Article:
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Dealing With Unmet Expectations

“Anger always comes from frustrated expectations”  Elliot Larson
Have you ever wondered why people actually fight?
It is an interesting reality of life that happens in all aspects of our relationships with others right from sibling fights, friends, workmates and spouses. And yet in spite the frequency of this reality, we seem to never get used to it or comfortable with its reality.
Last weekend I had one of those fights with a friend of mine and I must say it totally took me by surprise because I did not see it coming. I thought we were having girl talk when all over a sudden like an unannounced storm it dawned on me that we were on two different wave lengths. I thought we were on the same page but lo and behold we had disconnected at some point without noticing. This led to a slight exchange because we both felt misunderstood.
I suspect this is the cause of most conflict in relationships: one person does something or doesn’t do something, and the other makes assumptions about what it means.
I have done it many times before—assumed the worst in someone I love because they didn’t do what I would do. But this rationale fails to consider that other people have different ways of doing things, and they have no idea what meanings we’ll assign when they choose to do things their way. They also can’t know precisely what we expect unless we express it.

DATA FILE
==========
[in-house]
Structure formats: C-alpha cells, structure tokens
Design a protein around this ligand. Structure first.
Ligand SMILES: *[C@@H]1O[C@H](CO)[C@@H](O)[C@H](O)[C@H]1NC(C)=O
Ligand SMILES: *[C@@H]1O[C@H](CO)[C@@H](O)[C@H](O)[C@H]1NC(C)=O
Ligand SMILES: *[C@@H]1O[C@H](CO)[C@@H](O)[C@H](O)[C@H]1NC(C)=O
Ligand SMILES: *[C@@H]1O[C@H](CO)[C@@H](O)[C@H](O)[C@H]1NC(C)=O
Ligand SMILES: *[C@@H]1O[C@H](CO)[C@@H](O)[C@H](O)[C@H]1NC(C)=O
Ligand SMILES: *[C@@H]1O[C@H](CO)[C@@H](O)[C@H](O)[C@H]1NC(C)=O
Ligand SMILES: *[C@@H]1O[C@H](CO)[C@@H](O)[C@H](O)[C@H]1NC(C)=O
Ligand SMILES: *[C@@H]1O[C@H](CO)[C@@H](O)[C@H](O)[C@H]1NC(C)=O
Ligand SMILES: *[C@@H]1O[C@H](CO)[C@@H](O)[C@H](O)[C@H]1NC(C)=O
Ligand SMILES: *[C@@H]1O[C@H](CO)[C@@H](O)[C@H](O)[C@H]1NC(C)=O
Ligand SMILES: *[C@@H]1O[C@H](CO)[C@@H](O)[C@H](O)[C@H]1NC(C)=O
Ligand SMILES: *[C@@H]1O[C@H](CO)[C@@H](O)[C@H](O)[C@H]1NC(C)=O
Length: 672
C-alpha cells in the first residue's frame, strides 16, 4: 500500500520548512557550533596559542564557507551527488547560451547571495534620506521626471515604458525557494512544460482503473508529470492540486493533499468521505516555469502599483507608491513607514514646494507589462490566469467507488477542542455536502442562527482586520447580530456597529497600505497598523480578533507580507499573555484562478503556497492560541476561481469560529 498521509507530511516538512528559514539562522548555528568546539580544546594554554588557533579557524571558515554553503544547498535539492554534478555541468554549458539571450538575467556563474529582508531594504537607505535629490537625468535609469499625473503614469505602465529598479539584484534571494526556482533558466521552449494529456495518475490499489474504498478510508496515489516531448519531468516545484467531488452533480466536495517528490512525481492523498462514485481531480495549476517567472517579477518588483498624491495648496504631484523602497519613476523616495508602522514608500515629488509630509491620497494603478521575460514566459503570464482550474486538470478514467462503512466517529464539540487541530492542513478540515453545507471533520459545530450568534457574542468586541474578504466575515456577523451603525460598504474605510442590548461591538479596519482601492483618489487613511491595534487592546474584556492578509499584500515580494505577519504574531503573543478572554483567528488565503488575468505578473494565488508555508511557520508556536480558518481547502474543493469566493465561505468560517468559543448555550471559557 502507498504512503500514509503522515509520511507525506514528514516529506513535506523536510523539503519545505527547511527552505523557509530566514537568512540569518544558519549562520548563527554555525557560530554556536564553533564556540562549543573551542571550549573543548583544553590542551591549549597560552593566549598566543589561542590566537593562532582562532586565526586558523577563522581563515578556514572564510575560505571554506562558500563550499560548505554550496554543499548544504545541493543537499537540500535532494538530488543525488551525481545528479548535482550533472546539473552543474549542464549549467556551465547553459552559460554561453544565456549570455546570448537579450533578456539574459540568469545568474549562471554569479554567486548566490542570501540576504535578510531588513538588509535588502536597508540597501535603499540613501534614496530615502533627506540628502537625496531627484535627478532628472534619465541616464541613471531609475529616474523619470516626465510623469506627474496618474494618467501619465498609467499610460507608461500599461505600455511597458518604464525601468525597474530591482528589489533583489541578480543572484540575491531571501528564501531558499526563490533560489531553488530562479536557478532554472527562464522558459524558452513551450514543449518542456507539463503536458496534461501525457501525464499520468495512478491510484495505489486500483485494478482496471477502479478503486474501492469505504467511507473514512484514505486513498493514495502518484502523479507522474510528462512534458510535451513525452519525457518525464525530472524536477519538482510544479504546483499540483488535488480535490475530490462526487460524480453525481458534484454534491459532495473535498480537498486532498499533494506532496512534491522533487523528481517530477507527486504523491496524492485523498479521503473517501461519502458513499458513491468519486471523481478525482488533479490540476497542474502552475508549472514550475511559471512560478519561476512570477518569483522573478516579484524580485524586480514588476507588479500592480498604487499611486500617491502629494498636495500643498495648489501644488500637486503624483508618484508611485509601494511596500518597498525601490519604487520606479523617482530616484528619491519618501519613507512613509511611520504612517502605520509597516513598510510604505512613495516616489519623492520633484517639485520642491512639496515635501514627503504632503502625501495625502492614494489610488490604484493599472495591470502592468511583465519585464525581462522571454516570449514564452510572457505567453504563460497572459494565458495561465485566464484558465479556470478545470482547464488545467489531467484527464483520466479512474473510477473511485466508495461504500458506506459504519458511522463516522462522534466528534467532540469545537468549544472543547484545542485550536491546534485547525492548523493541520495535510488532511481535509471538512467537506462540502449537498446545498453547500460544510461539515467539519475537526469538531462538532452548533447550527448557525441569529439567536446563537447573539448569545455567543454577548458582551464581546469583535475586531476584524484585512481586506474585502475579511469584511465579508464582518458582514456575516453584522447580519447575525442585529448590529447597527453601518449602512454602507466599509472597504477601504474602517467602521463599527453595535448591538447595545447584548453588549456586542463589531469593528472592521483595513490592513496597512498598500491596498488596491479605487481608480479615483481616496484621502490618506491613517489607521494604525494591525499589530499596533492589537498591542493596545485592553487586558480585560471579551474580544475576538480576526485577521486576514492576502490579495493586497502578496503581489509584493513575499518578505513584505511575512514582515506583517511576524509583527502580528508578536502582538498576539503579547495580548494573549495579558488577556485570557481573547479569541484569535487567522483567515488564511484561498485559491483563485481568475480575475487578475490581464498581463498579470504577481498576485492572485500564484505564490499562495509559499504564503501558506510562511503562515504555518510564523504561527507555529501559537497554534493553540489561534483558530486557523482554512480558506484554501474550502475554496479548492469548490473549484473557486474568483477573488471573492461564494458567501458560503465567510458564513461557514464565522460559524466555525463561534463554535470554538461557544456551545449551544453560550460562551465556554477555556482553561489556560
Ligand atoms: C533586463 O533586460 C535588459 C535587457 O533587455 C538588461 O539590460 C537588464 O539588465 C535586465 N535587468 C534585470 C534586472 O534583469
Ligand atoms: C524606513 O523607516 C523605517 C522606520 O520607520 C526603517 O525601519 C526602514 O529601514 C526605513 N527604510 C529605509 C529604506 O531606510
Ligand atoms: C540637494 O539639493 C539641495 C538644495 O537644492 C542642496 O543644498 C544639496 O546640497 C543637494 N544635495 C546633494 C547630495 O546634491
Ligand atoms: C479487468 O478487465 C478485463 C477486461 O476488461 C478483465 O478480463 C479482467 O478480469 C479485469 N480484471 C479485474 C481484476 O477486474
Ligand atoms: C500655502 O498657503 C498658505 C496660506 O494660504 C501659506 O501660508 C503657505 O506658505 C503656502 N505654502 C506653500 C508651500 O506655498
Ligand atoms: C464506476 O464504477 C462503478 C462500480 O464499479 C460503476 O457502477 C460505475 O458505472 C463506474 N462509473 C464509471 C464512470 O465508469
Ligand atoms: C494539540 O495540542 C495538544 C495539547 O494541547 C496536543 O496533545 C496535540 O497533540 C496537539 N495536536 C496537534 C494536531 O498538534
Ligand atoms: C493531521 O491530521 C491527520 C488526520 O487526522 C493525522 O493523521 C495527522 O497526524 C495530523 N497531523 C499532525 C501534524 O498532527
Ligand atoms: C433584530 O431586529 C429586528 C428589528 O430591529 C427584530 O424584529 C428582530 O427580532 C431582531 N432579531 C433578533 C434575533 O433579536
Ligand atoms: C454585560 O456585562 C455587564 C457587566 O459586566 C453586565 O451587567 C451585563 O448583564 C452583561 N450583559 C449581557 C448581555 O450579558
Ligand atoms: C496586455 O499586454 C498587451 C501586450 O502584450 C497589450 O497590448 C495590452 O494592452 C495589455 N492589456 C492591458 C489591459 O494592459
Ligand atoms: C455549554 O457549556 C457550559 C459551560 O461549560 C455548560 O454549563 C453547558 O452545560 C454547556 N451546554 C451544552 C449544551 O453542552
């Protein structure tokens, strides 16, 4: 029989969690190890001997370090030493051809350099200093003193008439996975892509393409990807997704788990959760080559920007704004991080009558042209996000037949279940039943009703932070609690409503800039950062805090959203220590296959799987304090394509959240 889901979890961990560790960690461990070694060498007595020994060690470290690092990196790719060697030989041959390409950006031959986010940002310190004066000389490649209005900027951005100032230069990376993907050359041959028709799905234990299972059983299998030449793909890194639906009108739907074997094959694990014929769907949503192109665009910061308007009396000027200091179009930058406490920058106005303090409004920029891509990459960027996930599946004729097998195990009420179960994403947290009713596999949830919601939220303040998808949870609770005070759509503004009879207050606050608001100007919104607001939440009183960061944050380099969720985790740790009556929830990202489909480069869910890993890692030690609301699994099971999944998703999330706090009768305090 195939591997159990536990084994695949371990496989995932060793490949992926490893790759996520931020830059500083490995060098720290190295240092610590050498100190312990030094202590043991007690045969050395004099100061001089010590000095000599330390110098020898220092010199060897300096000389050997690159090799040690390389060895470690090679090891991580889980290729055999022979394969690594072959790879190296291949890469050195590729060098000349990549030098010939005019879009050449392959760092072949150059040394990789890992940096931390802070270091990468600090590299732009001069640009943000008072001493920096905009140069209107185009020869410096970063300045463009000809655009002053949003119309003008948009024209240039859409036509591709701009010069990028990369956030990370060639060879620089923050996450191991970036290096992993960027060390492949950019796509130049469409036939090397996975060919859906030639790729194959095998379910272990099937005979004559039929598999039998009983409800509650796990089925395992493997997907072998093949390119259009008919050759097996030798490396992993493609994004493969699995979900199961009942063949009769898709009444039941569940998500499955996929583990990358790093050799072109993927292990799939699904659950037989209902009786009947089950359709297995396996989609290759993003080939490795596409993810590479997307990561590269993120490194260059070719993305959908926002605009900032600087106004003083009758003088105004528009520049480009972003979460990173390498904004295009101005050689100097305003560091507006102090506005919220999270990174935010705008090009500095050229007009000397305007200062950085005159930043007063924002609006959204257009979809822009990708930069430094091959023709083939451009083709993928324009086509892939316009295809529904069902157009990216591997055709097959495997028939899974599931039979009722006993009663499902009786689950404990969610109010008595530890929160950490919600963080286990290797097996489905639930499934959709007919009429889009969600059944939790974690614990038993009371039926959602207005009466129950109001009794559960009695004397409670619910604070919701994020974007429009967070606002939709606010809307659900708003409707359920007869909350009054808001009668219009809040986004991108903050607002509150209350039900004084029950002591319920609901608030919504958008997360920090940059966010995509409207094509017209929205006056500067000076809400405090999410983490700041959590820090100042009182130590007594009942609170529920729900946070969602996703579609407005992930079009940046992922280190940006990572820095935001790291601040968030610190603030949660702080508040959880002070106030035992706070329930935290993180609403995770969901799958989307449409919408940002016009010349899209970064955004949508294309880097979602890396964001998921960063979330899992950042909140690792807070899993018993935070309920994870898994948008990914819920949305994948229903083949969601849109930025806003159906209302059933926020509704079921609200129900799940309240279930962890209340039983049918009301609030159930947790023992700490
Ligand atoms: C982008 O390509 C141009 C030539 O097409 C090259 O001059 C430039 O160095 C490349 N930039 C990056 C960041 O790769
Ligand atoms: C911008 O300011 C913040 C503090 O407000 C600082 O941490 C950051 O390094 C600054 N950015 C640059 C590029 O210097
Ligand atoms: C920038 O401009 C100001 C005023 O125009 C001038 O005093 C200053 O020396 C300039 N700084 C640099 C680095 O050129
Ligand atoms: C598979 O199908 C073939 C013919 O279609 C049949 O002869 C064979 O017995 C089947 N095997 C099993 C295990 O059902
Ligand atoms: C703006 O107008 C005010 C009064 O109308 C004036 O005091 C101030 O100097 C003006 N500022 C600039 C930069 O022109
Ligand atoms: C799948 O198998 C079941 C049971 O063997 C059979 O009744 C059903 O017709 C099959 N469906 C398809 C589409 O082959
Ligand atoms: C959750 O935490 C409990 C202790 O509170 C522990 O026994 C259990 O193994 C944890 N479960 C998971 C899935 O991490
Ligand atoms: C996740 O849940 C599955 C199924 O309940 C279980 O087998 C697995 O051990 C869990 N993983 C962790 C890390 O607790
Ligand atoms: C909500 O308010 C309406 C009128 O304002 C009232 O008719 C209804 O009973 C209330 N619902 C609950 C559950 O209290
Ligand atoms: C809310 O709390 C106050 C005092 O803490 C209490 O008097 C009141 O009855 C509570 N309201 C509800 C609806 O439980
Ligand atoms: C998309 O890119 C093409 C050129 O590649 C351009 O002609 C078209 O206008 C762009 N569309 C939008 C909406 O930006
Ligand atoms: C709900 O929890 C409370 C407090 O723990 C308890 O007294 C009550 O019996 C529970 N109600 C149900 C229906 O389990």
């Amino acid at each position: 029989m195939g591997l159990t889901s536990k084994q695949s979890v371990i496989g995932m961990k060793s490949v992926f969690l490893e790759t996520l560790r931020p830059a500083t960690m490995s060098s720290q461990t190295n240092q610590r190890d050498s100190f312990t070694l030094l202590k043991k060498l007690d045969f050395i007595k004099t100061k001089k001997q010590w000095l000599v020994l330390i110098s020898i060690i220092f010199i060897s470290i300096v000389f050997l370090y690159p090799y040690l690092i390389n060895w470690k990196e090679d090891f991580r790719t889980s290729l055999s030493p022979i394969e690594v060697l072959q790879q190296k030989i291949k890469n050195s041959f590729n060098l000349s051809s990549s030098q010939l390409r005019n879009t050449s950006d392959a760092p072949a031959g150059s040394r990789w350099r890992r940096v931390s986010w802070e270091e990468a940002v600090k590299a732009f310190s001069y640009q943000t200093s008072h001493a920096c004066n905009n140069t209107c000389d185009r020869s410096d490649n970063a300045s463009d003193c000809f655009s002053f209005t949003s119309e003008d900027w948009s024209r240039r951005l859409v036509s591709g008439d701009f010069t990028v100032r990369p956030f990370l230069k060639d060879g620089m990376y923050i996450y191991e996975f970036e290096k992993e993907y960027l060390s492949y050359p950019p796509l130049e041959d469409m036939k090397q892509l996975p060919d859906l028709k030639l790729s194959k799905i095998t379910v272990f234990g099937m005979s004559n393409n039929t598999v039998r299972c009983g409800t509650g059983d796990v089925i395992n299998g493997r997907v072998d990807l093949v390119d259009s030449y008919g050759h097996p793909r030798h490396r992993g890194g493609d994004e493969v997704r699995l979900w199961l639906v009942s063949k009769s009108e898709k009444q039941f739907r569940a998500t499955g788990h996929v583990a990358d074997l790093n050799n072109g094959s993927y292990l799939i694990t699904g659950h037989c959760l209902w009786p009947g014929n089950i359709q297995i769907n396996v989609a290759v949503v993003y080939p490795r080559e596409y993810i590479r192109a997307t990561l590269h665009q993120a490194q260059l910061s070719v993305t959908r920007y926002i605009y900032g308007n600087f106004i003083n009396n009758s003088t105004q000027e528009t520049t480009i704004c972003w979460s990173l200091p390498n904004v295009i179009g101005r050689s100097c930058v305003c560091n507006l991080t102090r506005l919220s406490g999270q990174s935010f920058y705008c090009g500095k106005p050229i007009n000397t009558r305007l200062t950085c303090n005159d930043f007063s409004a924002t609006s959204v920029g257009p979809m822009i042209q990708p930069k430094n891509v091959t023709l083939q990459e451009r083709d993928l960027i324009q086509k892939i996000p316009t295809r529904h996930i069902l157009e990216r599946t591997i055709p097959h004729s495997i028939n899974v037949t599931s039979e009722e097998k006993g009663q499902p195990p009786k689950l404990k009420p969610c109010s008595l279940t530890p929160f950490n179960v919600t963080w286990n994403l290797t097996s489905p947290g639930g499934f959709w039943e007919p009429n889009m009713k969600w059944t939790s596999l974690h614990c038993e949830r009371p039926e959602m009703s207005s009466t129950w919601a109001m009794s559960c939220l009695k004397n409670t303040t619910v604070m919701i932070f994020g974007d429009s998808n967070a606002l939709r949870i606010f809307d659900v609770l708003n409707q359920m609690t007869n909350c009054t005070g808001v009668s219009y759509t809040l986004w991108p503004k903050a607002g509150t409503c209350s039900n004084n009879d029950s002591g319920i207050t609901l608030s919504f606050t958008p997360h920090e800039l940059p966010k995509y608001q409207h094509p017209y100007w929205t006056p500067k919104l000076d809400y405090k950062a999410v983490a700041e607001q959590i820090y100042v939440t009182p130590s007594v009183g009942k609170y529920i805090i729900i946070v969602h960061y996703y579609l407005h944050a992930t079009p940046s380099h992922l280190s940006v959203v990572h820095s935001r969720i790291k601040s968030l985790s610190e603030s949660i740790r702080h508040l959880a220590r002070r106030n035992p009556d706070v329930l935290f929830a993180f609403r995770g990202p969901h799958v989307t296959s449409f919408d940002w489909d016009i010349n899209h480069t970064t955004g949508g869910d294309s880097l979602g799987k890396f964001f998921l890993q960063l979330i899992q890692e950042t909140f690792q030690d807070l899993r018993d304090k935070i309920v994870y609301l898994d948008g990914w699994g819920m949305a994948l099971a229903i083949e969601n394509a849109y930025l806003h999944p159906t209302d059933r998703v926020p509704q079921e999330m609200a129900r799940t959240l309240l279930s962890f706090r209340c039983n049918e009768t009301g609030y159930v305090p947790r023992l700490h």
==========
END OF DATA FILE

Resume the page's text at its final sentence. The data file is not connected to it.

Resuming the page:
I think we all have those people in our lives that we simply expect more from.  That’s normal.  That’s life.
But what do you do when you don’t get what you expect?
You can’t control other people’s actions, just your own reactions to them.
You can’t control them, just as you can’t be controlled by them.  Sure, you may feel a certain way if they do something that affects you, but when it comes down to it, you control that reaction. When we lower our expectations of those in our lives and eliminate our sense of entitlement, we may find ourselves more surprised and delighted at the actions others take due to our lack of expectations.
The way you interact with people, however, will determine the ease of passage through life.  Act from kindness and love, and you’ll get the same back.  If not from the sources you originally got them from, then from others.
We have a right to communicate when we feel hurt or offended, but maybe love is learning to be hurt and offended less often. The people we care about are generally doing their best—love is recognizing that instead of assuming the worst.

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